Flauta/Taquitos
Warm tortillas in a hot, dry frying pan, 5-10 seconds on each side, until soft and pliable. Fry up meat, breaking up any large pieces when frying. My family actually prefers to use sloppy joe mix in our taco meat, but you could do this with a can of tomato sauce and some taco seasoning. Add sauce to meat and mix well. Take a tortilla and put a small line of beef on one end. Roll tightly. Place seam down on a greased cookie sheet. Repeat and continue until all tortillas are rolled. Spray the tops of the rolled tortillas with cooking spray. Cook in 425 degree oven 15-20 minutes until crisp. Serve with guacamole, salsa, or other topping of choice. For the challenge, we chose to serve with sour cream.

Refried beans
These are simple. Using whole pinto beans, cook according to package directions. Add a bit of oil and puree in blender (we use a hand blender).

Cheesy Mexican Rice
I prepared the white rice in my rice cooker. I then made a white sauce using a couple tablespoons of margarine, flour, 1 1/2 cups of water, and 1/2 cup of milk. When thickened, I added the cheddar cheese and cooked until smooth. I added the cheese sauce to the rice, blending well. Then I seasoned it with pantry items: salt, pepper, and garlic powder. I drained the tomatoes well and mixed into the rice. This was really good, but too spicy for some of my kids' taste.



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Grand Total: $14.75

I should note that some readers have commented that even with my fudging up, they couldn't do the same meal since food in their area is more expensive. I do want to remind that we are cooking for a mega-family of 11 and this fed us well (albeit without a lot of leftovers). For a more typical large family with 4-6 kids, I think even with pricing a little higher, you could make this meal within the $15 limit.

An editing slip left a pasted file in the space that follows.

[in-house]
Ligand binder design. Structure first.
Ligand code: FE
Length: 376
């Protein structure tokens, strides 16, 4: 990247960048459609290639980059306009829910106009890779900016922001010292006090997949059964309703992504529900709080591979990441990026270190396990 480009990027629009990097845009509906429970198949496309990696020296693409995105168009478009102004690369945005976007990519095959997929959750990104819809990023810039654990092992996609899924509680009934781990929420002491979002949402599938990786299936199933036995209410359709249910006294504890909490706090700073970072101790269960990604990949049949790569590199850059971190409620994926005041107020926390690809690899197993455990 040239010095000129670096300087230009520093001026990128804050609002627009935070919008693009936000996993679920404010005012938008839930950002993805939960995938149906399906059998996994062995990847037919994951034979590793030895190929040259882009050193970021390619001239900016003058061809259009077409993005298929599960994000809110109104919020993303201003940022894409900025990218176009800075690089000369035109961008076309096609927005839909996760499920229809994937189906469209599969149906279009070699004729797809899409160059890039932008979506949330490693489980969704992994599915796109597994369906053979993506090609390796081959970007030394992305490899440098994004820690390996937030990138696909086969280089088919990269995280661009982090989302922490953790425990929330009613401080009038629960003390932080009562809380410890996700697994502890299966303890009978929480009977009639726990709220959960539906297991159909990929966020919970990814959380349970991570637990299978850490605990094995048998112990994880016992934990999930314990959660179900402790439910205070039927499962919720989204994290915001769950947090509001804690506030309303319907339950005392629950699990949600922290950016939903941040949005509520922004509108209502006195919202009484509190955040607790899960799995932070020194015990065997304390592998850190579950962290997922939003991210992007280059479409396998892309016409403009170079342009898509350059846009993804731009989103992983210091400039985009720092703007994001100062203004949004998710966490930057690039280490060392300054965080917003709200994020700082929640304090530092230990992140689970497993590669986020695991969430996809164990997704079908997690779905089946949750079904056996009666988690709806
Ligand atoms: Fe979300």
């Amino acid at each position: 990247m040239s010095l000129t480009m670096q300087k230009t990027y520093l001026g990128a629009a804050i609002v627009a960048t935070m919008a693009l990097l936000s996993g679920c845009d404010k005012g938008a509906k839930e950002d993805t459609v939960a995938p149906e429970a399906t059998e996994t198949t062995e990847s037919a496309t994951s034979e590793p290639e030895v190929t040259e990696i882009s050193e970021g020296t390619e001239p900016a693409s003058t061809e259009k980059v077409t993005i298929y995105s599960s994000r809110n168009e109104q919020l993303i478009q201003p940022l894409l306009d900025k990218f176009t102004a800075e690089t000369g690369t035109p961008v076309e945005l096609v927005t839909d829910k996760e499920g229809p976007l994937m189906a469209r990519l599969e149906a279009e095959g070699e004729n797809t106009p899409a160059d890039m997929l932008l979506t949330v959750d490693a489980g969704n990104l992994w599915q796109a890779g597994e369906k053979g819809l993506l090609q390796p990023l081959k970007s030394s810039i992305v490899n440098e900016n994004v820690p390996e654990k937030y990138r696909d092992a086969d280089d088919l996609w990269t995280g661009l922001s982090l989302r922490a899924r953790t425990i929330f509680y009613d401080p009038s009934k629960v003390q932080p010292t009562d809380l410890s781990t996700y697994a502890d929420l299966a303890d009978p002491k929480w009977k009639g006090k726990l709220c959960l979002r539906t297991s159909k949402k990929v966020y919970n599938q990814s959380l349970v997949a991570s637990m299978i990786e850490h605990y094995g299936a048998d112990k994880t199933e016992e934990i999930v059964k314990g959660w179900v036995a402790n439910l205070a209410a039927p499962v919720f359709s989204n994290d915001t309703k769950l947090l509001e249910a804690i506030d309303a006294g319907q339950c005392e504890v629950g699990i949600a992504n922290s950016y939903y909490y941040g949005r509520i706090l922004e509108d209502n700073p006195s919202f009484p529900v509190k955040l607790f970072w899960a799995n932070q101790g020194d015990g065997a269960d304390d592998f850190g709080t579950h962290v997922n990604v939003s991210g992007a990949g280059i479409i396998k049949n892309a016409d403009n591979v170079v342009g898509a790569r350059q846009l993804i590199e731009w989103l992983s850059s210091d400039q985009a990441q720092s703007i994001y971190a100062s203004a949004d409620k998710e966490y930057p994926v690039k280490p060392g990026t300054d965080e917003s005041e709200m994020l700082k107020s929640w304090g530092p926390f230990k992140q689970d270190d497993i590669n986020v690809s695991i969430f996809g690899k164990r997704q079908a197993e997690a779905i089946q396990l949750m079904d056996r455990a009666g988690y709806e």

Since some of our readers have indicated they like to see how to do certain things, I took a few pictures of the taquito-making process.

When cooking your meat, make sure you break up any large pieces. This will allow you to roll the flautas tighter. They should be skinner than a traditional enchilada.

Place a line of meat at one end of the warmed tortilla, leaving a small edge.




Fold the edge over the meat and begin rolling. This may seem easy, but it can be tricky to get the tortilla rolled tightly.



Place the tortilla, seam down on a greased cookie sheet. You want to make sure there is a little space between the taquitos so they cook evenly. As long as you make sure the pan is oiled, you will not have to turn over the flautas when cooking.

4 comments:

MotherToMany said...

I never thought about making my own taquito's before until now. My kids love them, but they are a tad expensive pre-made for a large family.

I may look into pre-making them and freezing them so we can just pull them out and heat them up.

We like the chicken and cheese ones the best, so I'll probably try and come up with some recipes.

Thanks for the idea.

Mirz said...

Actually, we prefer the chicken ones. Only 1 child would rather the beef ones. So, I usually make the chicken ones, but went with beef for the challenge since it was more cost-effective. I make taquitos for gatherings all the time, and they are a big hit. Mostly because they taste great at room temperature and you can “walk and eat them” which make for a good party food.

Anne said...

Someday I'm coming to Chicago so you can show me how to roll taquitos. I swear, I can NOT do it without the tortillas breaking, no matter what! Your whole day looks perfect.

Mirz said...

Anne--you may want to try heating the tortillas a little longer. They need to be very soft. Also, use fresher tortillas. Older ones don't warm well and tend to be stiff and rip. "Stale" tortillas are good for chilaquiles--but that's a whole other post!